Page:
There are a number of theories about the cause of low cardiac output in persons with CFS. One theory is that this is caused by mitochondrial failure from poor production or slow recycling of Adenosin-5'-triphosphate (ATP) the co-enzyme that transports chemical energy within all the cells for the body. An alternate theory is that an infectious agent such as a virus or mycoplasma is attacking the heart. This theory is professed by Dr. Martin Lerner who describes CFS as a "persistent non permissive herpesvirus infection of the heart" and claims success treating patients with long term anti-viral drugs. For a detailed discussion of Dr. Lerner research and treatments go to: http://phoenixrising.me/interviews-3/learning-cfs-dr-lerner-on-his-longterm-antiviral-treatment-study-0510-by-cort-johnson . The role of heavy metals specifically mercury which is found in abnormally high levels in persons with Chronic Fatigue Syndrome patients is also suspected of playing a role in low cardiac low output. Some researchers including Dr. Cheney think that CFS and the resulting cardiovascular abnormalities are the result of a combination of factors: preordained genetics and environmental influences including infections, allergens, toxins, and heavy metals.
Recommended treatments for cardiovascular problems in persons with CFS include drinking lots of water and consuming more salt to help with symptoms of low blood volume; and taking nutritional supplements such as Coenzyme Q10, Acetyl L-carnitine, magnesium, Ribose, glutathione, fish oil, and B12 injections to help "feed" the mitochondria and boost cardiovascular function. Some physicians prescribe heavy metal detoxification programs.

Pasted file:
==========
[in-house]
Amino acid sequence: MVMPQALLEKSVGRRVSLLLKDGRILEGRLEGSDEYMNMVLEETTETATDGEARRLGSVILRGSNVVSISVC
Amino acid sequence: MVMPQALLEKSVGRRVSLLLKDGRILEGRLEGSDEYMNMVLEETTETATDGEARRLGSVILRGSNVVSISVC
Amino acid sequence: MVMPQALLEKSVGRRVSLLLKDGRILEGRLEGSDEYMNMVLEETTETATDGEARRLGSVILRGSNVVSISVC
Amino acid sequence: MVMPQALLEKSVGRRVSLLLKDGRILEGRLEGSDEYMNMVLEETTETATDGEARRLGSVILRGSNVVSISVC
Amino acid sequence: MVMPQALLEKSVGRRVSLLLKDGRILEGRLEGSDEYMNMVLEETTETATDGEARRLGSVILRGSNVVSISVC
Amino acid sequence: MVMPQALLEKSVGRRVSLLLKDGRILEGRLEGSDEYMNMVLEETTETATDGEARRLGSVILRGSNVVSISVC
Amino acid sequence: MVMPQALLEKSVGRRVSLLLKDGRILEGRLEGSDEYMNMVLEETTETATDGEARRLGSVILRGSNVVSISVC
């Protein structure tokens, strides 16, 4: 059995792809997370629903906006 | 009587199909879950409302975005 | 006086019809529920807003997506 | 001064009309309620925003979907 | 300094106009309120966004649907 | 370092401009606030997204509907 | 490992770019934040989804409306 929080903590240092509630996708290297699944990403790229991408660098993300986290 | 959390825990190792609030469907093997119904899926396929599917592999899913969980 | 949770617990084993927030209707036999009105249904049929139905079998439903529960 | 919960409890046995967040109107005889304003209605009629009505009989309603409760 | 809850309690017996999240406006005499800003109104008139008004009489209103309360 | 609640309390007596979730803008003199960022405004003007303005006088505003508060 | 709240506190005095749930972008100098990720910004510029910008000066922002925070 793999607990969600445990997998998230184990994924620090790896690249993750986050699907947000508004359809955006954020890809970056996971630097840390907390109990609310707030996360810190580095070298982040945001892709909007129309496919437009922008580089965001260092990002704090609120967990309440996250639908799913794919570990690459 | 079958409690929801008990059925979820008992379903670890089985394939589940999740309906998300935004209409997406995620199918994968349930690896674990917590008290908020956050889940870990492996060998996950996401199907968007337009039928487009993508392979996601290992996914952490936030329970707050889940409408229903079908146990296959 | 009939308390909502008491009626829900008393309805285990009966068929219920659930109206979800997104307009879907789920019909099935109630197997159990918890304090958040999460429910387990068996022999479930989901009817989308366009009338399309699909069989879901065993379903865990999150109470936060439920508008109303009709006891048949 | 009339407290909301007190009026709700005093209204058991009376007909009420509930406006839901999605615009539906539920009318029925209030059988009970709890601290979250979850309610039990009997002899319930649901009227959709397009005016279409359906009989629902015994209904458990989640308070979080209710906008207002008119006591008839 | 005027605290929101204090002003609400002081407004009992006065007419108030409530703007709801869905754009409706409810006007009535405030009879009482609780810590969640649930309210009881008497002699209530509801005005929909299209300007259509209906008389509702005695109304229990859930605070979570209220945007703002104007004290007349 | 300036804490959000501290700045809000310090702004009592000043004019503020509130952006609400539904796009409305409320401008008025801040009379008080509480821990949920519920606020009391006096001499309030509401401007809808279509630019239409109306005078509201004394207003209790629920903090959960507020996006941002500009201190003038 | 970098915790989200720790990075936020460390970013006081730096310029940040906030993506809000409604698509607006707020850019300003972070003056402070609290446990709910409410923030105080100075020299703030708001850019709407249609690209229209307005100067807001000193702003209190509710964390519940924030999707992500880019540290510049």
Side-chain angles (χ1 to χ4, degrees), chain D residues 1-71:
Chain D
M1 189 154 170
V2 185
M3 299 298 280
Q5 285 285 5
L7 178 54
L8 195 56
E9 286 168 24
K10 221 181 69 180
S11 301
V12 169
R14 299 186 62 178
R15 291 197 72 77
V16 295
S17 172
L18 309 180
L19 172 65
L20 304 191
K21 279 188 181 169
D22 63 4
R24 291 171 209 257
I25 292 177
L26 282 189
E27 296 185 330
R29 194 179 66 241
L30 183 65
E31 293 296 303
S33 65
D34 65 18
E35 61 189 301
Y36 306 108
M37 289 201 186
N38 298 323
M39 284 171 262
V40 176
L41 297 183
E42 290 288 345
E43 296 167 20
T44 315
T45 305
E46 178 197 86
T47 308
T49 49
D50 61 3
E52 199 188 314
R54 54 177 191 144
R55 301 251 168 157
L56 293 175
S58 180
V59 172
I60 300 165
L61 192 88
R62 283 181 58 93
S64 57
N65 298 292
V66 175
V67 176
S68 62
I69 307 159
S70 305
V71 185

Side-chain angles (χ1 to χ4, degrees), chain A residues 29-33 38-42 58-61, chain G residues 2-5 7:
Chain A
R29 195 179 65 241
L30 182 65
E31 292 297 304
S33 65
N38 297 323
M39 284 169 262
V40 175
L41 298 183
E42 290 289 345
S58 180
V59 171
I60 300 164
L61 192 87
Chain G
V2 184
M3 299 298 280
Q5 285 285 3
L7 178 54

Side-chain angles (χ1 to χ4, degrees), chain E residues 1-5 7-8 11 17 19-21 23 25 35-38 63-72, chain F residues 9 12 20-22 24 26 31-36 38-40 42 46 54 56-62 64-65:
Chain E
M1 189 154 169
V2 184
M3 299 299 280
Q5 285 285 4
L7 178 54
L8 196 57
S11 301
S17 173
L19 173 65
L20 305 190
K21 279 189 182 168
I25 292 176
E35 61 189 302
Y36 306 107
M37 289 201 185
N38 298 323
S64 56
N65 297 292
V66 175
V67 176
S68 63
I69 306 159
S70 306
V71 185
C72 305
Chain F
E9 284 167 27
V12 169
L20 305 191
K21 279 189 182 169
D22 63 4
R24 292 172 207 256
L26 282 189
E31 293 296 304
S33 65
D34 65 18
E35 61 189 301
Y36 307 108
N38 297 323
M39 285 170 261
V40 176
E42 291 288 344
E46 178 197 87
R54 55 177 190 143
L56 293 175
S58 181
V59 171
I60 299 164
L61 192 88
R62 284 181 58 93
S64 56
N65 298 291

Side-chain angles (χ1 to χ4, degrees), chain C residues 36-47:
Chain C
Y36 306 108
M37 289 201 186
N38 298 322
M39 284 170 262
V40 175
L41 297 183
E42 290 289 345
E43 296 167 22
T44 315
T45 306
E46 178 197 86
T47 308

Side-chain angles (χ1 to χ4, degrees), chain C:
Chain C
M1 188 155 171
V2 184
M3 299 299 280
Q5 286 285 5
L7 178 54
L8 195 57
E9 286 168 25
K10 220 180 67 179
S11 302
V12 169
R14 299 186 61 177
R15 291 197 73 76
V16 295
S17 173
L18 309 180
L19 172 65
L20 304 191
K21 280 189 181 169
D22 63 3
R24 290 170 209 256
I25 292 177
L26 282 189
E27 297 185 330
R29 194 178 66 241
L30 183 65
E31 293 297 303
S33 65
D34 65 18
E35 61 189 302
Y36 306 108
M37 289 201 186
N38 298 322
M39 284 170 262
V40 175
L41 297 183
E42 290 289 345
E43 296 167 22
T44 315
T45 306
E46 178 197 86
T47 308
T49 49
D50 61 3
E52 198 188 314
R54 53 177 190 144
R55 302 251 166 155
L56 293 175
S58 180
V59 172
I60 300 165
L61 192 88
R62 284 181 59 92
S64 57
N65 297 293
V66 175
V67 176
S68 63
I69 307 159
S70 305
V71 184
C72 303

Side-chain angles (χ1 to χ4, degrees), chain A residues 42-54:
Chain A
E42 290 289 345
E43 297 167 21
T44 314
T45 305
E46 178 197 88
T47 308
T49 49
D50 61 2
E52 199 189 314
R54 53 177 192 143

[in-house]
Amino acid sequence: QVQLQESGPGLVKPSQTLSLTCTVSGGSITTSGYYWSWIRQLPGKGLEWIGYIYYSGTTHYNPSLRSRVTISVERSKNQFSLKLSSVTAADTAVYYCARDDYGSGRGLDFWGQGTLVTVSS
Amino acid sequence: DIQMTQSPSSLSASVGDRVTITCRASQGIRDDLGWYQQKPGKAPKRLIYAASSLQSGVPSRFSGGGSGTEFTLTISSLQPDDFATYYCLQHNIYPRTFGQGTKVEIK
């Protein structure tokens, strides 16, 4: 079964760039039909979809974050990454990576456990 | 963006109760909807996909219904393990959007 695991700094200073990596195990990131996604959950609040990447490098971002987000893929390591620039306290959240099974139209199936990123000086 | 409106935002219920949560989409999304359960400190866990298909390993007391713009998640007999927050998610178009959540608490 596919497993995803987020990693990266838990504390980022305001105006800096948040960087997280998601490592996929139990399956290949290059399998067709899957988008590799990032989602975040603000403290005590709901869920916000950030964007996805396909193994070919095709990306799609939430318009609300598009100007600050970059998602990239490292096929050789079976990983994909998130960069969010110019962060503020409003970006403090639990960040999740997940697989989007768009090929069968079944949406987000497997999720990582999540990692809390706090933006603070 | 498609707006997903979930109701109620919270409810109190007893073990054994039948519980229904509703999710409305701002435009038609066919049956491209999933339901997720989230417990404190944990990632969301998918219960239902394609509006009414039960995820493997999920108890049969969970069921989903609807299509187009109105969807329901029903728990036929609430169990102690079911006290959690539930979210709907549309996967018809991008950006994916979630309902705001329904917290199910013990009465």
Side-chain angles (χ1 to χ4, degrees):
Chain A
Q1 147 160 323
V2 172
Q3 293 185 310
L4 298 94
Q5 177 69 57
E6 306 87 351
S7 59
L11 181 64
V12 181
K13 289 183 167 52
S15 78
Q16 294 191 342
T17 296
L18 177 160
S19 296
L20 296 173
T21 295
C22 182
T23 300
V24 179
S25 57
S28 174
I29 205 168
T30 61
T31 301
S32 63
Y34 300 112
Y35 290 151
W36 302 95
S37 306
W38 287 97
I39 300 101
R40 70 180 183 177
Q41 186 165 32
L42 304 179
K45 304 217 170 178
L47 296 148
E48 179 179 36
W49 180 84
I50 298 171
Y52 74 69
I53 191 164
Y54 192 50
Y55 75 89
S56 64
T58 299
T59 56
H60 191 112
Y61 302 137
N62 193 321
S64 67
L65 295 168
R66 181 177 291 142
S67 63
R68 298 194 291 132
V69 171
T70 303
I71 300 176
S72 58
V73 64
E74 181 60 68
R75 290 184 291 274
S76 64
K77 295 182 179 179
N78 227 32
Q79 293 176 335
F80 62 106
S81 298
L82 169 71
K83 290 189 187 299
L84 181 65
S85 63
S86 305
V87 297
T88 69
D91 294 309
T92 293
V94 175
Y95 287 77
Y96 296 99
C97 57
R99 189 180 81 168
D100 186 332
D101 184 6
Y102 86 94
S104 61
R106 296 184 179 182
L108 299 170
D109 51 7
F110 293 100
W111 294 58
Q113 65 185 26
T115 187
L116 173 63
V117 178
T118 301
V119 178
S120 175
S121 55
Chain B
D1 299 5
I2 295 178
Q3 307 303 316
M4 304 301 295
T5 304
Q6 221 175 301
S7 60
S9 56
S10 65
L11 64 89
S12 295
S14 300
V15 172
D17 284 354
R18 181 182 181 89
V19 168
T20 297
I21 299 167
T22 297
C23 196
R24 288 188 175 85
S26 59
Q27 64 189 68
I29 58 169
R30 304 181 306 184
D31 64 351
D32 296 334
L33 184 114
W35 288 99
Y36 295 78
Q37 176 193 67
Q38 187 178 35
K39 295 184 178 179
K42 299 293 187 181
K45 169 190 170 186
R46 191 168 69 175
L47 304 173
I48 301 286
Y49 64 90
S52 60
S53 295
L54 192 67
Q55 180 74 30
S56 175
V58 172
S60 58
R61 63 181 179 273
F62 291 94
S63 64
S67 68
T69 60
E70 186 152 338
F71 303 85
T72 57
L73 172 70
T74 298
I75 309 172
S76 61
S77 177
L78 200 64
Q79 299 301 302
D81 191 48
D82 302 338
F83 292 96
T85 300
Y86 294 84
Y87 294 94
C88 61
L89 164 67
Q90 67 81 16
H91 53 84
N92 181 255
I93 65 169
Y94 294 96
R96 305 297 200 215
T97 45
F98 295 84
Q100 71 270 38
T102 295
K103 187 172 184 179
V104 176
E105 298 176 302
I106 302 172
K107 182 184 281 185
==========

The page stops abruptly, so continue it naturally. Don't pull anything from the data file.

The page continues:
My personal journey of managing and reversing the symptoms of Chronic Fatigue Syndrome has lead me down a path of discoveries of things that were not helpful and things that made me better. In retrospect I can see that I was always struggling to affect cardiovascular problems. I first became ill in 1973 at the age of 19. My condition remained undiagnosed for many years and I knew of no else with my particular set of symptoms. Initially I suffered from fatigue, headaches and eye strain. I discovered that avoiding stimulants and depressants such as alcohol, caffeine, and sugar was most important in managing my symptoms and combined with EMG biofeedback training on the muscles in my neck I eliminated my headaches. I also did a number of years of Feldenkrais training which helped improve my posture and educated my body to move more efficiently. For the first 28 years of my condition I was able to exercise in low impact activities such as walking, swimming and yoga and these things also helped me manage my condition.